“The bill is practical”
However, opposition MDP MP Hamid Ghafoor has dismissed accusations that the bill was unconstitutional, claiming it was not the first piece of legislation passed by the Majlis perceived to limit a constitutional right.
“The freedom of expression bill was passed too, which placed limitations on the constitutional right of freedom of expression. So this is not a new precedent,” he said.
“The bill was passed by a very strong majority. The parliament has political parties of different sizes. So when a parliament consisting of several political parties approves the bill, it is the moral say of all the political parties,” he added.
According to Ghafoor, the passing of the bill could be viewed in one of two ways; either in an idealist view or a practical view. He argued that the bill was practical and intended to end the current “corrupt process” of funding political parties that were not at all active.
“Are we to allow such a corrupt process to go on in the name of democracy?” Ghafoor questioned.
“We are not worried”: President Waheed’s GIP
President Waheed’s GIP has said that they are not worried about the consequences the party may face in failing to gain 10,000 members.
Speaking to local media from Malaysia, GIP Deputy Leader Mohamed ‘Nazaki’ Zaki said that panicking at this point in time may hinder the party in boosting membership numbers.
“To be honest, we do not have any concerns at all. We are confident that we can gain a membership much larger than [10,000 members]. We can achieve that result. We know what percentage of people is currently affiliated with political parties. About 40 to 60 percent people are yet to join political parties,” he was reported as saying.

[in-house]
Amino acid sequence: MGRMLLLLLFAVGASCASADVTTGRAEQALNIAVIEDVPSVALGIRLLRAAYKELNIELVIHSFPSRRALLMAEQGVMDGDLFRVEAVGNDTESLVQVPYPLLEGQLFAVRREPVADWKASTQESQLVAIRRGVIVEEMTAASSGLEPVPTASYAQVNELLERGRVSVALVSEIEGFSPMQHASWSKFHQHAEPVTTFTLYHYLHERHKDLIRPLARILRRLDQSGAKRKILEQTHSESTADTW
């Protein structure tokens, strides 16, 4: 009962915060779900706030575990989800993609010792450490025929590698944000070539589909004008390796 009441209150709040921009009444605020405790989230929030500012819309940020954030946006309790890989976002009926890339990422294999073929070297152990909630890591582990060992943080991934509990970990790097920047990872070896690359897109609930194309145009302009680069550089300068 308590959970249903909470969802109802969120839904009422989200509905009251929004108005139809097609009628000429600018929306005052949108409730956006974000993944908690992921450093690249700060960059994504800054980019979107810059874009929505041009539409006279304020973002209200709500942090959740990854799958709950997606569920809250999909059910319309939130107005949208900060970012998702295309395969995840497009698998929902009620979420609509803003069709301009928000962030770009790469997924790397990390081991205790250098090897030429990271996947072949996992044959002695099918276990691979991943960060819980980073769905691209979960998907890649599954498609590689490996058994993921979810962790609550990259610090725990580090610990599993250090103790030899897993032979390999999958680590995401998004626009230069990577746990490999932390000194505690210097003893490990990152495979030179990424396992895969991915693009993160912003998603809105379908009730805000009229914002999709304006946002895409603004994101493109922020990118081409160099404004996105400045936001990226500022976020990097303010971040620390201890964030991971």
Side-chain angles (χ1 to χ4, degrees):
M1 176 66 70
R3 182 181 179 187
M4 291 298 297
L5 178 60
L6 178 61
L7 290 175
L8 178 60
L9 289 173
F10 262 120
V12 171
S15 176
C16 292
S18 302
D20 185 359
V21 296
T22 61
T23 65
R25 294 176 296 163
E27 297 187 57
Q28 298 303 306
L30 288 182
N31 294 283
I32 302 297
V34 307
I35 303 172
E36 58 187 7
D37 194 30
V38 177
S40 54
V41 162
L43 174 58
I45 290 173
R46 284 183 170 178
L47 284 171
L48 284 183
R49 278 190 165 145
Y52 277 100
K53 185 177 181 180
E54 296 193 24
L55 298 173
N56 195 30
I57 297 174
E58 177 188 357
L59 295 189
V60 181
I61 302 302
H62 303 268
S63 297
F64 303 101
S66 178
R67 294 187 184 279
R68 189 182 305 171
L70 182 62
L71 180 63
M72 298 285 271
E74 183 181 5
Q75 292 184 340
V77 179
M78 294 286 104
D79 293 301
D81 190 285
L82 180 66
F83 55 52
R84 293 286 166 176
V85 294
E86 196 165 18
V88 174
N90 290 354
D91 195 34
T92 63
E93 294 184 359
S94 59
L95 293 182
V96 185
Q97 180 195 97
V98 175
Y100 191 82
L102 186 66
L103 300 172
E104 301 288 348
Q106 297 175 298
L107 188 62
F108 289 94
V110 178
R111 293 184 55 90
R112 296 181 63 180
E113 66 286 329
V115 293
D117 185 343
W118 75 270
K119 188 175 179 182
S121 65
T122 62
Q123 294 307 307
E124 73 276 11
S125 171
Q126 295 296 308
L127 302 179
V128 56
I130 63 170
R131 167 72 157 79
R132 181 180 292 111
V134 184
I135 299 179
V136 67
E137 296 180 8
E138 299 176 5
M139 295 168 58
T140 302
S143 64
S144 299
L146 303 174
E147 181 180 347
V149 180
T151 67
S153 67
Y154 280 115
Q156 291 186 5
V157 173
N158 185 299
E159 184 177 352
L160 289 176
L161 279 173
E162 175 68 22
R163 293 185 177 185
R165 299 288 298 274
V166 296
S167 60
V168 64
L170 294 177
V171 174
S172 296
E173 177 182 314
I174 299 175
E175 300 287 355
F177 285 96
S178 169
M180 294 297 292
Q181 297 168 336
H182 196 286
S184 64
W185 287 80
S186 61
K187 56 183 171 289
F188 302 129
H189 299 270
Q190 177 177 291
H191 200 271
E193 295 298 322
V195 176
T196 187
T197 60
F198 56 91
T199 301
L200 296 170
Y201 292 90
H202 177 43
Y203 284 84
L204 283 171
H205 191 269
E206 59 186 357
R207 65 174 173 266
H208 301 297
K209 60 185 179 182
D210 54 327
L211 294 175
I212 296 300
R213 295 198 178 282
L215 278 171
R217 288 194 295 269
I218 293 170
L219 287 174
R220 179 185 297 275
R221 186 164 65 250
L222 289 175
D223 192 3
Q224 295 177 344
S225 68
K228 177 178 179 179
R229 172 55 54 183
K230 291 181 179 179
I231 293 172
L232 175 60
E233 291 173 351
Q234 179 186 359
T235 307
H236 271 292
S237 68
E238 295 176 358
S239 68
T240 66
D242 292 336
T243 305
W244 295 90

“Our focus is towards that percentage of people who are currently not affiliated with political parties” he added.
The former High Commissioner to Malaysia said that, based on the support his party received from recent visits to Addu City and several other atolls including Shaviyani Atoll, Laamu Atoll and Raa atoll, he was confident of a successful membership drive.
“Not just large parties, it is equally important to have smaller political parties. Just because two major power brokers decide that the country was better off without smaller political parties does little good to the well being of the country’s democracy,” he said.
“Even in other democratic countries, we do not see a trend to destroy smaller political parties. We as a smaller party have on previous occasions proved that we can bring results, and I don’t see any reason why we can’t do so in the future.”
Zaki claimed that some smaller parties were lobbying President Waheed to not to ratify the bill but maintained that his party is yet to decide on whether to make such a move.
“We have not yet decided on [lobbying President]. But we will hold a council meeting next week. In that meeting we will discuss this issue as wall and after that we would decide on it,” he added.
Political parties were first authorised in the Maldives in May 2005 following an executive decree by then-President Maumoon Abdul Gayoom. Prior to the passage of the landmark legislation, political parties were governed by a regulation.
The regulation required 3,000 members for registration and did not stipulate that parties whose membership falls below the figure would be dissolved. However, no political party has been dissolved over the last eight years.